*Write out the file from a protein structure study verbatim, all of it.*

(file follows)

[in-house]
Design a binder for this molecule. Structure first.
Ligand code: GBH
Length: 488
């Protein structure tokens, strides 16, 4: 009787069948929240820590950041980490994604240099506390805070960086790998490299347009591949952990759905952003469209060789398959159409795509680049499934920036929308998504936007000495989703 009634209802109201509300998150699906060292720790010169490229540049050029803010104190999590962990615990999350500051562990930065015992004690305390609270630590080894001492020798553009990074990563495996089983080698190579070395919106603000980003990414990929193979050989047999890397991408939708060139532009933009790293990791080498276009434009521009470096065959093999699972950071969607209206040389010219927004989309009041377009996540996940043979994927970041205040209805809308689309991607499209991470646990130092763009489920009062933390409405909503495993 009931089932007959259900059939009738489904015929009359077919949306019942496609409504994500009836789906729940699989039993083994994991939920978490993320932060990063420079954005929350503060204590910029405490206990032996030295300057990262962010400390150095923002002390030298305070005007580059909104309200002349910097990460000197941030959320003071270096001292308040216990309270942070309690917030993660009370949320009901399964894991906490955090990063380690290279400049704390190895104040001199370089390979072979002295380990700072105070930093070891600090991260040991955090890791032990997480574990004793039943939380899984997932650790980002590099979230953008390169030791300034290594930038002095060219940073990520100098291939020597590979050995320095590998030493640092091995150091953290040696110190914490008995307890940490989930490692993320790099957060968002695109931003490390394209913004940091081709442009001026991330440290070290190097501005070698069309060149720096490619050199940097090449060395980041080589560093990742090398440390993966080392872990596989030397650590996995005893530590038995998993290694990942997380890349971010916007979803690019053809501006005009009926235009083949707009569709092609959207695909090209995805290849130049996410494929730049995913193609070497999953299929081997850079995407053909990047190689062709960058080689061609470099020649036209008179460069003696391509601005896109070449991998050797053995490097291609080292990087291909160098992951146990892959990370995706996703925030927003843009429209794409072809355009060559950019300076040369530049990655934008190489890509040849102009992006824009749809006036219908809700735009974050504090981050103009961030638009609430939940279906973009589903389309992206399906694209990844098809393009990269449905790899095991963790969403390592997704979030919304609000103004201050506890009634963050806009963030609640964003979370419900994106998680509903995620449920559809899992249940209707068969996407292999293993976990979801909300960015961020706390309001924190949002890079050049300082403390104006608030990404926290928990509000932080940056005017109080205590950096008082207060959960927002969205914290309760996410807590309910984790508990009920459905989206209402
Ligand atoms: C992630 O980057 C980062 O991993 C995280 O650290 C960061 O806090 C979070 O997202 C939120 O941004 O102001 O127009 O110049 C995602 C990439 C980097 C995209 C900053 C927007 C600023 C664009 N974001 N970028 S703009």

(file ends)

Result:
[in-house]
Design a binder for this molecule. Structure first.
Ligand code: GBH
Length: 488
């Protein structure tokens, strides 16, 4: 009787069948929240820590950041980490994604240099506390805070960086790998490299347009591949952990759905952003469209060789398959159409795509680049499934920036929308998504936007000495989703 009634209802109201509300998150699906060292720790010169490229540049050029803010104190999590962990615990999350500051562990930065015992004690305390609270630590080894001492020798553009990074990563495996089983080698190579070395919106603000980003990414990929193979050989047999890397991408939708060139532009933009790293990791080498276009434009521009470096065959093999699972950071969607209206040389010219927004989309009041377009996540996940043979994927970041205040209805809308689309991607499209991470646990130092763009489920009062933390409405909503495993 009931089932007959259900059939009738489904015929009359077919949306019942496609409504994500009836789906729940699989039993083994994991939920978490993320932060990063420079954005929350503060204590910029405490206990032996030295300057990262962010400390150095923002002390030298305070005007580059909104309200002349910097990460000197941030959320003071270096001292308040216990309270942070309690917030993660009370949320009901399964894991906490955090990063380690290279400049704390190895104040001199370089390979072979002295380990700072105070930093070891600090991260040991955090890791032990997480574990004793039943939380899984997932650790980002590099979230953008390169030791300034290594930038002095060219940073990520100098291939020597590979050995320095590998030493640092091995150091953290040696110190914490008995307890940490989930490692993320790099957060968002695109931003490390394209913004940091081709442009001026991330440290070290190097501005070698069309060149720096490619050199940097090449060395980041080589560093990742090398440390993966080392872990596989030397650590996995005893530590038995998993290694990942997380890349971010916007979803690019053809501006005009009926235009083949707009569709092609959207695909090209995805290849130049996410494929730049995913193609070497999953299929081997850079995407053909990047190689062709960058080689061609470099020649036209008179460069003696391509601005896109070449991998050797053995490097291609080292990087291909160098992951146990892959990370995706996703925030927003843009429209794409072809355009060559950019300076040369530049990655934008190489890509040849102009992006824009749809006036219908809700735009974050504090981050103009961030638009609430939940279906973009589903389309992206399906694209990844098809393009990269449905790899095991963790969403390592997704979030919304609000103004201050506890009634963050806009963030609640964003979370419900994106998680509903995620449920559809899992249940209707068969996407292999293993976990979801909300960015961020706390309001924190949002890079050049300082403390104006608030990404926290928990509000932080940056005017109080205590950096008082207060959960927002969205914290309760996410807590309910984790508990009920459905989206209402
Ligand atoms: C992630 O980057 C980062 O991993 C995280 O650290 C960061 O806090 C979070 O997202 C939120 O941004 O102001 O127009 O110049 C995602 C990439 C980097 C995209 C900053 C927007 C600023 C664009 N974001 N970028 S703009």